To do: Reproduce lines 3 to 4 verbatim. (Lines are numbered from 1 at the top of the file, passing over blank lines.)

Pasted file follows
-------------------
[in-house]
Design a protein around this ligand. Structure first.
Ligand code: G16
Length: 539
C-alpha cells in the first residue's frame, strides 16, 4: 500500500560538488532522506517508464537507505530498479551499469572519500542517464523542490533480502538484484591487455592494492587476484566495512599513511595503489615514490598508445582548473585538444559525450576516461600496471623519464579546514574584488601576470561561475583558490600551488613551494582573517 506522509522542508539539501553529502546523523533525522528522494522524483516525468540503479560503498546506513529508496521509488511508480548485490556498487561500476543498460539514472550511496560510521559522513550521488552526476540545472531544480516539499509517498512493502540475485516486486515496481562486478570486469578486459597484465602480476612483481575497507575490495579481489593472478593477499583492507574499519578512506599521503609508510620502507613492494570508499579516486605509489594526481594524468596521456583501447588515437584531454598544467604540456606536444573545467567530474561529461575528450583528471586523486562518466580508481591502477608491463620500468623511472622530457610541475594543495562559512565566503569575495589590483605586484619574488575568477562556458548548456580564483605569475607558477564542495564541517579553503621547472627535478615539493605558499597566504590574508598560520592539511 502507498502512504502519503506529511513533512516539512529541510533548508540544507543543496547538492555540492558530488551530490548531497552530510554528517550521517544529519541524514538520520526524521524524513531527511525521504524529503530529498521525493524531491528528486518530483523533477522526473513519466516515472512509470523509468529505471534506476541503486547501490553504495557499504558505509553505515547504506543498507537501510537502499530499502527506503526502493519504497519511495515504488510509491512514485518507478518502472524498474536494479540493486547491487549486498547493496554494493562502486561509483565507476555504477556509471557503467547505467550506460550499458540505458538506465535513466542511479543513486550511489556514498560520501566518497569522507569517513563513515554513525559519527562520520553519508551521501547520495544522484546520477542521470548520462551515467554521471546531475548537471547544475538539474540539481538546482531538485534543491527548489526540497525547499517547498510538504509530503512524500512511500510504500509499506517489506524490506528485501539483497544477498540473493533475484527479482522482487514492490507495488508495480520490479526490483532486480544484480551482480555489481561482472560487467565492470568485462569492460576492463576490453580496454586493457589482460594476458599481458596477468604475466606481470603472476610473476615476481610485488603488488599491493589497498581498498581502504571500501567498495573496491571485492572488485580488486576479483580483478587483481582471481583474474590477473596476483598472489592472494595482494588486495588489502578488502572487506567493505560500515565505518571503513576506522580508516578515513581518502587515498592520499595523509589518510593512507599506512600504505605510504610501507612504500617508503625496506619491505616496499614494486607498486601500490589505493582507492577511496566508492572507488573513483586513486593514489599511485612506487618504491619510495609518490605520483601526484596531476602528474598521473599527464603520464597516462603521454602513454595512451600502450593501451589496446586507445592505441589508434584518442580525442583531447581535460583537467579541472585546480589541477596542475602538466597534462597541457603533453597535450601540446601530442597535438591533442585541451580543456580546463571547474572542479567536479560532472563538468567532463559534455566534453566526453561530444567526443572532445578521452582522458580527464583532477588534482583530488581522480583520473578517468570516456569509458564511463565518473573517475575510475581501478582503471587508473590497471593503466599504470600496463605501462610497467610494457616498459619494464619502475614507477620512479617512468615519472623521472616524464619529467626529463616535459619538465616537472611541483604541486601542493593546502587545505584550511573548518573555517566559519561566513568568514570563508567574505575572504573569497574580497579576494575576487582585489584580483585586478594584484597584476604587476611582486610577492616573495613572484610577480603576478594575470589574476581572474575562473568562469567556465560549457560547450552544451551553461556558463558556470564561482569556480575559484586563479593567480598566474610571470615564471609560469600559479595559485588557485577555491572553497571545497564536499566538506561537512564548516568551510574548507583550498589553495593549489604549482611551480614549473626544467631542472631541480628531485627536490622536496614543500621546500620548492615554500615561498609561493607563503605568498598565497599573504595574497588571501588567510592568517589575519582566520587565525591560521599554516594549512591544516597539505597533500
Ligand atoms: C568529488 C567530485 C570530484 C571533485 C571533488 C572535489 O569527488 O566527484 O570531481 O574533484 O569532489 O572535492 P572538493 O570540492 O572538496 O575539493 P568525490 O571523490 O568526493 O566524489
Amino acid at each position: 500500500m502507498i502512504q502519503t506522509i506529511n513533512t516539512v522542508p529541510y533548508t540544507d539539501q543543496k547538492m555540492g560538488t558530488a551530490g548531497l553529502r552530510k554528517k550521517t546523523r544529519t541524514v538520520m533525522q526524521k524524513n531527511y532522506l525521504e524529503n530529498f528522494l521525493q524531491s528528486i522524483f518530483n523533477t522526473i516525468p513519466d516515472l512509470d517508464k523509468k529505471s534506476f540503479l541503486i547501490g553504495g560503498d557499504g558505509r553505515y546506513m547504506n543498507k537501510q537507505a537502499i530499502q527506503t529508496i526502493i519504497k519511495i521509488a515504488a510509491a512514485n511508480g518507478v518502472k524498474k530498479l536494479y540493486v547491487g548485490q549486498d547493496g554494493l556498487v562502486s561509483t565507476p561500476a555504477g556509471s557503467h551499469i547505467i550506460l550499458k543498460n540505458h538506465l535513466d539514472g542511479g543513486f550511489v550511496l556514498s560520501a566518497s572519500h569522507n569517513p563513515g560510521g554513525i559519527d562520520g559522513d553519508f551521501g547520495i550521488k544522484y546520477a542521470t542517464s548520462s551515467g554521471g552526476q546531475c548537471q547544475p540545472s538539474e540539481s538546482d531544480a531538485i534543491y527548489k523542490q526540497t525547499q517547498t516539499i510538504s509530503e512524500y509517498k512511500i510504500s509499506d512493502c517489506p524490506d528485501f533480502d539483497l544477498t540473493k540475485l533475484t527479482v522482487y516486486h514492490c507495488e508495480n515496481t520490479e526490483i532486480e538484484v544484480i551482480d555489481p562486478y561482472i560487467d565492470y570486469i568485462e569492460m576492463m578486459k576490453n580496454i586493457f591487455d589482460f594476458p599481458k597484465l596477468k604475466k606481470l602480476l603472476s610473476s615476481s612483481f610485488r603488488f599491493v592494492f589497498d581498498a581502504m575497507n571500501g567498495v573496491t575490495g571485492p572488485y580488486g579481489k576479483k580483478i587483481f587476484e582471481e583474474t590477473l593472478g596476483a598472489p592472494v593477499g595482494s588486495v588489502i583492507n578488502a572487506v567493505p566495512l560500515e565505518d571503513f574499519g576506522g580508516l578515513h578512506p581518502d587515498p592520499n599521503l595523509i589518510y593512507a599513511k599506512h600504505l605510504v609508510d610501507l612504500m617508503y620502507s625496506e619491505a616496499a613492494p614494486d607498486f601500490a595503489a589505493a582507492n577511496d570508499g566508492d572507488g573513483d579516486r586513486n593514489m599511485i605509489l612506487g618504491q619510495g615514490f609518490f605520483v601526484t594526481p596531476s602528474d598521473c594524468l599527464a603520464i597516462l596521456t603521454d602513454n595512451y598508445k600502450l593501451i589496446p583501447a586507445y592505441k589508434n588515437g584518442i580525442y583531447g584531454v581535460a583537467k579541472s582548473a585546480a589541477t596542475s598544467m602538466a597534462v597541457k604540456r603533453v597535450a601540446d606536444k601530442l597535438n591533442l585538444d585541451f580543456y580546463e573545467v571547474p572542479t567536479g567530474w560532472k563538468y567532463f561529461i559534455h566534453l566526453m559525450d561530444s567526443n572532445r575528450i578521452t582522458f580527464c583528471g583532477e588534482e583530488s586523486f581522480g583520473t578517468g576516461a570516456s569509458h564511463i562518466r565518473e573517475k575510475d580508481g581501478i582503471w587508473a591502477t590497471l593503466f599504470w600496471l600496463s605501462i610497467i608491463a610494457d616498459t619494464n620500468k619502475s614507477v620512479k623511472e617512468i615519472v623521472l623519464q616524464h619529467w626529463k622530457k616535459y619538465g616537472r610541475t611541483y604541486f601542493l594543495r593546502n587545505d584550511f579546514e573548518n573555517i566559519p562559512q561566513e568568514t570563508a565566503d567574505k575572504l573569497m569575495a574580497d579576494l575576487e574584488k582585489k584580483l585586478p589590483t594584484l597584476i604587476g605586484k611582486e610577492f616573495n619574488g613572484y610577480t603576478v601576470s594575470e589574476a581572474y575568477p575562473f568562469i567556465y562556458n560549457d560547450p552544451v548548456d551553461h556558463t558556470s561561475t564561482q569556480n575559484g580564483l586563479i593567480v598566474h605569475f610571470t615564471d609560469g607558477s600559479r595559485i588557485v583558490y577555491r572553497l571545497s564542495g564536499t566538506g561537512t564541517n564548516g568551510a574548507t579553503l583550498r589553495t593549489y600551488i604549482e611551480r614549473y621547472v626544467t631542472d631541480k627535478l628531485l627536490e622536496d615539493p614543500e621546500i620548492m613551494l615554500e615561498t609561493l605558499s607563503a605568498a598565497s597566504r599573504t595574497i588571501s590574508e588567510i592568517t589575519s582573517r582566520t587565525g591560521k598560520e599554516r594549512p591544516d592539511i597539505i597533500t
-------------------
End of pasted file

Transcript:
Ligand code: G16
Length: 539